The Tuna Turn

There has been plenty of rain this year, which is a god sent for the islanders, like everything else in their beautiful minds is sent or made by god; but then that should probably be a God written properly, with a capital letter that is! The rain comes down in short squalls, sometimes a couple of them a day, but in between it’s sunny and breezy, good enough to just lie around, or go fishing a bit, hunting for a coconut or two, swim around the anchorage with the handsome blacktip sharks examining you from a boat length away, and the bigger and more mysterious brown nursing sharks circling below, or, what’s even better, take our vaka over to the beach and chat with the lovely folks of the tiny dying village of Tautua. We’re doing duty at the school there twice a week to do a performance project with the kids, preparing a little show for the beginning of April before our planned departure. Beatriz is teaching them the wicked dances of South America and I’m trying to coax them into telling the stories of their ancestors, viewed through their own big open eyes.

We are diligently going ashore every Sunday morning to have our minds tortured in mass. Thank God (theirs that is, since mine slipped out of my spiritual portfolio a good while back, as you might have guessed) for their frenetic, almost possessed way of singing, which overpowers the constant coughing of the ever spreading bronchopneumonia that ghastly clings to the most vulnerable in the village, the babies and the most elderly. The minister’s lonesome last surviving upper tooth rattles through a list of bible verses, while the congregation stares out the windy windows, their gaze lost and void of any trace of curiosity amongst a complicated set of rules tacked orderly on invisible cloth lines strung between the coconut trees.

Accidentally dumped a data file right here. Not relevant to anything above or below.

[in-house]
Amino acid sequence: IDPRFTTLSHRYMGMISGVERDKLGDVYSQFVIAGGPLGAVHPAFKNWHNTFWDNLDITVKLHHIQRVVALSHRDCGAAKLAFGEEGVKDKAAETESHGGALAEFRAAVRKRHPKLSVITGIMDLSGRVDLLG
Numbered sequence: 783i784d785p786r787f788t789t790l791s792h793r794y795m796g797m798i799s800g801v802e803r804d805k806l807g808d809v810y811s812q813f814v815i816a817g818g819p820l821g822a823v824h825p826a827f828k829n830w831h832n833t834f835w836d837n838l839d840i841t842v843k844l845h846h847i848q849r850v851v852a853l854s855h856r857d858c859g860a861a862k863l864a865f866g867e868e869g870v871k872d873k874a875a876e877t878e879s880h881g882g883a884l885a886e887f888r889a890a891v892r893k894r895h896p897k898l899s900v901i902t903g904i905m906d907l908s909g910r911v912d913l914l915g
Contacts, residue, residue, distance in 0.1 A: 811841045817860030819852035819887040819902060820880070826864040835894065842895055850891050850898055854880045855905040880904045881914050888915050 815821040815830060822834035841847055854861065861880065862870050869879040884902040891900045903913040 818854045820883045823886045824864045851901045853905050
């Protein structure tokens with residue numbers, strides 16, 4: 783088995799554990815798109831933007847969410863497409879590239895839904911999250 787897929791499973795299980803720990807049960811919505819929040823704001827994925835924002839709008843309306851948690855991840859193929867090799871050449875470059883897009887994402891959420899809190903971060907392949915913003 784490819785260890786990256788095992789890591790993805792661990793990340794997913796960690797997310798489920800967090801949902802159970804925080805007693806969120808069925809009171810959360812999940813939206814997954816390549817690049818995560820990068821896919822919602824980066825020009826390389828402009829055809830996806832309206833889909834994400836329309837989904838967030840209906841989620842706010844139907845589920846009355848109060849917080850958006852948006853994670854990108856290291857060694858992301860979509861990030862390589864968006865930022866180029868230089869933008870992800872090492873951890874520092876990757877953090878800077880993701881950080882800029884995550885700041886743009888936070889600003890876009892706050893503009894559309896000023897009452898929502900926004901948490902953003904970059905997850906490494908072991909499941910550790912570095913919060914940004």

The villager’s generosity is simply overwhelming as if wanting to underline the fact that beliefs, ideas and mindset are the least important stakes of the weathered fences we build between them and us. They exuberantly share not only the fruits of the sea and land, but also passionately instruct us in the elaborate techniques necessary to collect and harvest them. The tuna fishing sting out to the Flying Venus reef is still fresh in my mind.  Saitu sternly sits at the stern of his forty years old aluminum skiff, tillering the outboard and chanting tantric rhymes under the pouring rain of yet another pitch grey squall. Boss and I each with one hand on a line trolling behind, clinch our eyes to scan the horizon for more flocks of birds skimming the waves. A lazy lifting of the arm and pointing the finger towards it has Saitu change course to race towards it, pursue it in a wild dance of lifts and bangs and we cruise right through the frenzy in hopes of another one of the sudden jerks of the line. If that does occur a brutal aerobic exercise follows wheeling in the line with bare hands. You have to do that fast enough so that no shark has the chance to bite off the catch before we gentle and brain heavy humans get our go at wielding the short gaff, whacking the head of the magnificent creature to create a bloody mess on the floor plank before shoving the violently trembling creature into the hold in front of the boat and gingerly resetting the line aft while the adrenaline ebbs away in our own streaming blood, letting the soothing patches of technological superiority settle back onto the many wounds of our many unimportant psychological battles.